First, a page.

LAS VEGAS — Nevada authorities filed criminal charges Monday against the political advocacy group ACORN and two former employees, alleging they illegally paid canvassers to sign up new voters during last year's presidential campaign.
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ACORN denied the charges and said it would defend itself in court.
Nevada Attorney General Catherine Cortez Masto said the Association of Community Organizations for Reform Now had a handbook and policies requiring employees in Las Vegas to sign up 20 new voters per day to keep their $8- to $9-per-hour jobs.
Canvassers who turned in 21 new voter registrations earned a "blackjack" bonus of $5 per shift, Masto added. Those who didn't meet the minimum were fired.
"By structuring employment and compensation around a quota system, ACORN facilitated voter registration fraud," Masto said. She accused ACORN executives of hiding behind and blaming employees, and vowed to hold the national nonprofit corporation accountable for training manuals that she said "clearly detail, condone and ... require illegal acts."
Nevada Secretary of State Ross Miller emphasized the case involved "registration fraud, not voter fraud," and insisted that no voters in Nevada were paid for votes and no unqualified voters were allowed to cast ballots.
Law-enforcement agencies in about a dozen states investigated fake voter registration cards submitted by ACORN during the 2008 presidential election campaign, but Nevada is the first to bring charges against the organization, ACORN officials said.
'Mickey Mouse' vote
ACORN has said the bogus cards listing such names as "Mickey Mouse" and "Donald Duck" represented less than 1 percent of the 1.3 million collected nationally and were completed by lazy workers trying to get out of canvassing neighborhoods. The organization has said it notified election officials whenever such bogus registrations were suspected.
ACORN spokesman Scott Levenson denied the Nevada allegations on behalf of ACORN, which works to get low-income people to vote and lists offices in 41 states and the District of Columbia. He blamed former rogue employees for the alleged wrongdoing.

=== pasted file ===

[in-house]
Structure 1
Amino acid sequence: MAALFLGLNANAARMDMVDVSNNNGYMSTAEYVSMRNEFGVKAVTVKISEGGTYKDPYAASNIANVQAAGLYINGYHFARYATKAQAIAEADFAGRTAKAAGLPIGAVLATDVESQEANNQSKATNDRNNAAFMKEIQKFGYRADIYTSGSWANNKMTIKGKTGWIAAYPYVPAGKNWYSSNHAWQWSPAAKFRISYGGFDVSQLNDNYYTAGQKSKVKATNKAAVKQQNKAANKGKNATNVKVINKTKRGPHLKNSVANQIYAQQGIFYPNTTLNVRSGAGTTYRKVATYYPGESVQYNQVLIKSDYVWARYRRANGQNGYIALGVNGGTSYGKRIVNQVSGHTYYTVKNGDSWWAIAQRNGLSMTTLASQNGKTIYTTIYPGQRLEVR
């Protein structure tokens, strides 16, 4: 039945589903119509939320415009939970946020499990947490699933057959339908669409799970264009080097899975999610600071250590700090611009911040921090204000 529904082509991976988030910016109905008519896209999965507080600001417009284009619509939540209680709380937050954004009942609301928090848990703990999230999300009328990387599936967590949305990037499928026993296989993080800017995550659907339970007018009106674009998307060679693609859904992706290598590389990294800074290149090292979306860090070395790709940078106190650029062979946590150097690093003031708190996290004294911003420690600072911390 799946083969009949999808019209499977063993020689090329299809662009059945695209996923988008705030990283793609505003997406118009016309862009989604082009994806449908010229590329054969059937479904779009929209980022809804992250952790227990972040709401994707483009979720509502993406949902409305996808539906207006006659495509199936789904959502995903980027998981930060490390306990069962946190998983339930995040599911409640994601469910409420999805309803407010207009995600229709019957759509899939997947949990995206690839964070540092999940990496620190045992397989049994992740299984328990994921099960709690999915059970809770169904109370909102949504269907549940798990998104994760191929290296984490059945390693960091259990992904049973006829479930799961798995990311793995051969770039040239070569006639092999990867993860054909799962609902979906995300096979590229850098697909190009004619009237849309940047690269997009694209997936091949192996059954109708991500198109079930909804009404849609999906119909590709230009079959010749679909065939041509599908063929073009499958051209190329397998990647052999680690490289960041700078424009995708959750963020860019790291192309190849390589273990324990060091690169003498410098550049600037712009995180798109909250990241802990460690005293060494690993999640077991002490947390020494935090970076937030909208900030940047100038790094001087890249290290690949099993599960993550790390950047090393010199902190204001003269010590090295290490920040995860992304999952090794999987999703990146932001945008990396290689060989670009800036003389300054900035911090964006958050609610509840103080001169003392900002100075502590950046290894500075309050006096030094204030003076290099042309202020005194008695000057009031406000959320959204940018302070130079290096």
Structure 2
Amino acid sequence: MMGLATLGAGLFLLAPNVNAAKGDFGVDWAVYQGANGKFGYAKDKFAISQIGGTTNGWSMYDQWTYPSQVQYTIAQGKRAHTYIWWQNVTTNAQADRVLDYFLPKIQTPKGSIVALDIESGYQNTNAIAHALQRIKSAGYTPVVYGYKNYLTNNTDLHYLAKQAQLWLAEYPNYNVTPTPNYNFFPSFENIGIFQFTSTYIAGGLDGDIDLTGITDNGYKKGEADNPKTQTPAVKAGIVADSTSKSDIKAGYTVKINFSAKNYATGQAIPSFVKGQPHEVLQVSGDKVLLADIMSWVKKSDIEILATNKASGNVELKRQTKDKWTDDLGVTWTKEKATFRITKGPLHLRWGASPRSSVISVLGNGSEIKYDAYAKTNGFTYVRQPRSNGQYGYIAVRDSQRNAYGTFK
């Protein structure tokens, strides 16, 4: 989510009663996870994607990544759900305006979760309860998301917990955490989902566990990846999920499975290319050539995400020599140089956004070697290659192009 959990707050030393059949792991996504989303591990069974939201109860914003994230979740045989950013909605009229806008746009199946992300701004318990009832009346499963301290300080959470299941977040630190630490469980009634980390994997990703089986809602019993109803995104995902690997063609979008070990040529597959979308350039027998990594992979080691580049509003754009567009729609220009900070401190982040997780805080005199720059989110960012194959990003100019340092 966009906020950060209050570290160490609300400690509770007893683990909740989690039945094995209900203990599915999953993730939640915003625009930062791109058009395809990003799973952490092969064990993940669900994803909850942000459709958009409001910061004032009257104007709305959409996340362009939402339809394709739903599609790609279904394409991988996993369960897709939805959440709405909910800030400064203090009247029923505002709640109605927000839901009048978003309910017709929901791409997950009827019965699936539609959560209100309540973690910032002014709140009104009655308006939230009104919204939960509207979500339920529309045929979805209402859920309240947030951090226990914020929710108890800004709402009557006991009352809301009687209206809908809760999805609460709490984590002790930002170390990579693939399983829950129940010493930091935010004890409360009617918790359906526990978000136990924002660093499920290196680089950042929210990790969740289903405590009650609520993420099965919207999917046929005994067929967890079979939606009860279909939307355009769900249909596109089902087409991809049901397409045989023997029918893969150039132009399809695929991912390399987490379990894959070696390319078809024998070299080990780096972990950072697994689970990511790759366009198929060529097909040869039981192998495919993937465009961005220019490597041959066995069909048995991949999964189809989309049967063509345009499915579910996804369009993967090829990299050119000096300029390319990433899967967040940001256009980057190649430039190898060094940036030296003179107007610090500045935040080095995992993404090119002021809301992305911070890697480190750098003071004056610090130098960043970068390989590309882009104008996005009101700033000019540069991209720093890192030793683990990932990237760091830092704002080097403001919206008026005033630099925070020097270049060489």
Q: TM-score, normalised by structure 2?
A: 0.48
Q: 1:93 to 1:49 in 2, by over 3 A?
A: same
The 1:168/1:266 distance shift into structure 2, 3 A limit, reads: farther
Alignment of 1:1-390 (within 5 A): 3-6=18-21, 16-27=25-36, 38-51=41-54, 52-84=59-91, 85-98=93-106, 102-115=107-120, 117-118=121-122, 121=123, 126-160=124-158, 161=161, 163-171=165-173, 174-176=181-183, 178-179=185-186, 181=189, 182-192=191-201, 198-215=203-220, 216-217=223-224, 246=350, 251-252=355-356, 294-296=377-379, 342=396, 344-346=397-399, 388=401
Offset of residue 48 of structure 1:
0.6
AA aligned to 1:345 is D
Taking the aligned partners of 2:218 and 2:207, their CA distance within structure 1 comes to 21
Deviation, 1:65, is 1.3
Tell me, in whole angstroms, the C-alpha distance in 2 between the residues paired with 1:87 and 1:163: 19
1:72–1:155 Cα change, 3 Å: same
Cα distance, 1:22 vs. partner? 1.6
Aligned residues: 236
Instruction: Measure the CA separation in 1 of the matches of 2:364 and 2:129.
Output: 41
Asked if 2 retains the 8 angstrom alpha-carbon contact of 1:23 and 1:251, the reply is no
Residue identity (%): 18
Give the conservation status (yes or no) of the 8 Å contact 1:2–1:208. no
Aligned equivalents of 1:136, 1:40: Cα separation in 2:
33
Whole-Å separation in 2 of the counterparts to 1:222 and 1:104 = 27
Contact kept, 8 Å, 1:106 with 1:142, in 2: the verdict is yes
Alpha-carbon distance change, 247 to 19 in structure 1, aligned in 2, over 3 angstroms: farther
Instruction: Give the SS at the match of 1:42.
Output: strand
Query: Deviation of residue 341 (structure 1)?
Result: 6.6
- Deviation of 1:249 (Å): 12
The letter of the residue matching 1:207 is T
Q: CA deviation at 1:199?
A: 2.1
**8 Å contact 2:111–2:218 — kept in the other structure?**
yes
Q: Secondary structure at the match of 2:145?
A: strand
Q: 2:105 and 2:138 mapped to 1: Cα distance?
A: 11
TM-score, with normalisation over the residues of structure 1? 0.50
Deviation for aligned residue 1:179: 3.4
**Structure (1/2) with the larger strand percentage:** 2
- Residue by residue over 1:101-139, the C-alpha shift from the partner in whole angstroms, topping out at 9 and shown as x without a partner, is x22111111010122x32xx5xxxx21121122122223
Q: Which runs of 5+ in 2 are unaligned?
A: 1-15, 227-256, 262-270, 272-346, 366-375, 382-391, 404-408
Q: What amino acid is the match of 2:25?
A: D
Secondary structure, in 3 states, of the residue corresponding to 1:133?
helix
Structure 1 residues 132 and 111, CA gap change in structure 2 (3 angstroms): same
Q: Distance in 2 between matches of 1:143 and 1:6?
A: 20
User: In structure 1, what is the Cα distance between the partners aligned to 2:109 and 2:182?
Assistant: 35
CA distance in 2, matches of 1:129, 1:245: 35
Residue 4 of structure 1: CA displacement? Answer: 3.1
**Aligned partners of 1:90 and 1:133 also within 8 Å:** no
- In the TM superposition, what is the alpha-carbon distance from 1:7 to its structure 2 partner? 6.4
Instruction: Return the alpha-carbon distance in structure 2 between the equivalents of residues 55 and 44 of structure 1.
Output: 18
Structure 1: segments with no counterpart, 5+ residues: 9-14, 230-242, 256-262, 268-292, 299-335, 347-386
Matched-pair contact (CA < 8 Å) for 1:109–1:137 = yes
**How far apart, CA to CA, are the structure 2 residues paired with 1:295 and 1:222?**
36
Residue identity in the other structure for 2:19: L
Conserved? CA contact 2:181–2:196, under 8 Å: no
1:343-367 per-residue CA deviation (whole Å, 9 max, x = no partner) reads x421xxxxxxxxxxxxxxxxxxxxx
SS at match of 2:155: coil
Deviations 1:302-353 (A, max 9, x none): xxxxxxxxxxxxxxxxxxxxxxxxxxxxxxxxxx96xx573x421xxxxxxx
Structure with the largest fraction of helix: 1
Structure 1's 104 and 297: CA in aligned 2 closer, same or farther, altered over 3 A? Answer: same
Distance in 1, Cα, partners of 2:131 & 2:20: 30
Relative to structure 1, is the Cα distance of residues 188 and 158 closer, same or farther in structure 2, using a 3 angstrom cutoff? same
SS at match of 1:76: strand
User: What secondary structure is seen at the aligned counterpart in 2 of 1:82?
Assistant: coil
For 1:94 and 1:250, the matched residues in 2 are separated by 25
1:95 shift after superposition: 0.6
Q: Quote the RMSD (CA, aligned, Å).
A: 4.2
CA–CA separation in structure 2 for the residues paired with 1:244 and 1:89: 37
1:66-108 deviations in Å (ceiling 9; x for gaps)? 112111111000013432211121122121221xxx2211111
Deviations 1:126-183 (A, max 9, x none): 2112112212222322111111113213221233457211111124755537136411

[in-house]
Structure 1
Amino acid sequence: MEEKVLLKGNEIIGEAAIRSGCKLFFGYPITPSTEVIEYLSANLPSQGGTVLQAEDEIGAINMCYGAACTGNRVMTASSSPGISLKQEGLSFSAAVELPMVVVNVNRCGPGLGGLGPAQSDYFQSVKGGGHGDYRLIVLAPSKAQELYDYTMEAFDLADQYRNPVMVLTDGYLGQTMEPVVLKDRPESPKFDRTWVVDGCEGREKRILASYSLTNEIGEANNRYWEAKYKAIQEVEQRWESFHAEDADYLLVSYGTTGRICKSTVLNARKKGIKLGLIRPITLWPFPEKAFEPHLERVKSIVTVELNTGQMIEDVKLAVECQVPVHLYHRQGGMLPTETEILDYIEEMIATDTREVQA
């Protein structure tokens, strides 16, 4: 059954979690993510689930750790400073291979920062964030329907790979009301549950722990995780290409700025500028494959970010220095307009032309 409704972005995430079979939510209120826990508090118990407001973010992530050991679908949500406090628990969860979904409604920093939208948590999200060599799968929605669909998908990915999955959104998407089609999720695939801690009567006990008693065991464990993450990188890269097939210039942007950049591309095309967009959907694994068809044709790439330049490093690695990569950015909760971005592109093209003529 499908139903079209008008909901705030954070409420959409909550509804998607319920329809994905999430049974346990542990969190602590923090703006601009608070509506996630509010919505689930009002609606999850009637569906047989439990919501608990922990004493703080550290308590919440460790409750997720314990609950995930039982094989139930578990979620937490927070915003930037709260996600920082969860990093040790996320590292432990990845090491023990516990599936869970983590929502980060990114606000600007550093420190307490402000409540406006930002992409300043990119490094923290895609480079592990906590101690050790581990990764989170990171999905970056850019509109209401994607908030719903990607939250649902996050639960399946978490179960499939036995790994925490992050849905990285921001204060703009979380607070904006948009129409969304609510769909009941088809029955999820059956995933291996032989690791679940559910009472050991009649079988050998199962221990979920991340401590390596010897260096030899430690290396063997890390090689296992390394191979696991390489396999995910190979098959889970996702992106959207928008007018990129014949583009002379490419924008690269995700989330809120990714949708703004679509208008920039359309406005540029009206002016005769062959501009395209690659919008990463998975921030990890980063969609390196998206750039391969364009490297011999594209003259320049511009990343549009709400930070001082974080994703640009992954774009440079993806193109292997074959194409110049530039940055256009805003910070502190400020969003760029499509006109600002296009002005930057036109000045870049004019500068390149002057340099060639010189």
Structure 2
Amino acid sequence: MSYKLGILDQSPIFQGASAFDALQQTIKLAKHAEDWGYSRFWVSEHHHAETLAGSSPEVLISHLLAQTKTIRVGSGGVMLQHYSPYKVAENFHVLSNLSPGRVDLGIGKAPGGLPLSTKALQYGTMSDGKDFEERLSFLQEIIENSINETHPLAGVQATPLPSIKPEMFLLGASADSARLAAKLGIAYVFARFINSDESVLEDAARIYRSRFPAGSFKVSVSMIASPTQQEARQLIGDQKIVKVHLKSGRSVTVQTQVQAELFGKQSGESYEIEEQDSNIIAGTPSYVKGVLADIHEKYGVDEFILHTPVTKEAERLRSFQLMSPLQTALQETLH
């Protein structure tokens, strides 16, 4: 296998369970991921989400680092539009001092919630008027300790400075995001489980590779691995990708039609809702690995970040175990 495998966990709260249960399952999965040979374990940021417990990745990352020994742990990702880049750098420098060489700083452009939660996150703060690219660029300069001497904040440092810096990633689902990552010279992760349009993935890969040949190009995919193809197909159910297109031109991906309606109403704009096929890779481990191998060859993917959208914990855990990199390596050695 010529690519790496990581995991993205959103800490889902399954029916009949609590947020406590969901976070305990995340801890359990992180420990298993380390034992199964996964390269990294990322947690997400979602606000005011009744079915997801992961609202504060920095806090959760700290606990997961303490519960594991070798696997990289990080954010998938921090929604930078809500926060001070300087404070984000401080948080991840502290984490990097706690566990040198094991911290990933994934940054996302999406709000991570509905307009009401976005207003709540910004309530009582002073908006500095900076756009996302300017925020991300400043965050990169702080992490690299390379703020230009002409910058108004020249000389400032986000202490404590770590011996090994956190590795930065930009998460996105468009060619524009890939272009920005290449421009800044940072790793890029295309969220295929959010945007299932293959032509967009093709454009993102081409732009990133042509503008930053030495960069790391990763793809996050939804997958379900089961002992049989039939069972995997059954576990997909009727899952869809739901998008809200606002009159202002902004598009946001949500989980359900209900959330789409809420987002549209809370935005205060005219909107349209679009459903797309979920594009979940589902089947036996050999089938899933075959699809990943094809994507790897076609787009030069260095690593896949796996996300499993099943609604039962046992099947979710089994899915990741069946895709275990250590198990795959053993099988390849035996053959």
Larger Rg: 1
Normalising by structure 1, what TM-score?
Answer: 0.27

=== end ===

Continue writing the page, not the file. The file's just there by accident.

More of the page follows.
"Our policy all along has been to pay workers at an hourly rate and to not pay employees based on any bonus or incentive program," he said. "When it was discovered that an employee was offering bonuses linked to superior performance, that employee was ordered to stop immediately."
Levenson said the two former ACORN organizers named in Monday's criminal complaint — Christopher Howell Edwards and Amy Adele Busefink — no longer work for ACORN and would not be represented by the organization.
Edwards, 33, of Gilroy, Calif., and Busefink, 26, of Seminole, Fla., could not immediately be reached for comment.
June 3 hearing
Masto identified Edwards as the ACORN Las Vegas office field director in 2008, and said timesheets indicate that ACORN corporate officers were aware of the "blackjack" bonus program and failed to stop it. The attorney general said Busefink was ACORN's deputy regional director.
The complaint filed in Las Vegas Justice Court accuses ACORN and Edwards each of 13 counts of compensation for registration of voters, and Busefink of 13 counts of principle to the crime of compensation for registration of voters. Each charge carries the possibility of probation or less than 1 year in jail, Masto said.
A court hearing was scheduled June 3 in Las Vegas, prosecutor Conrad Hafen said.
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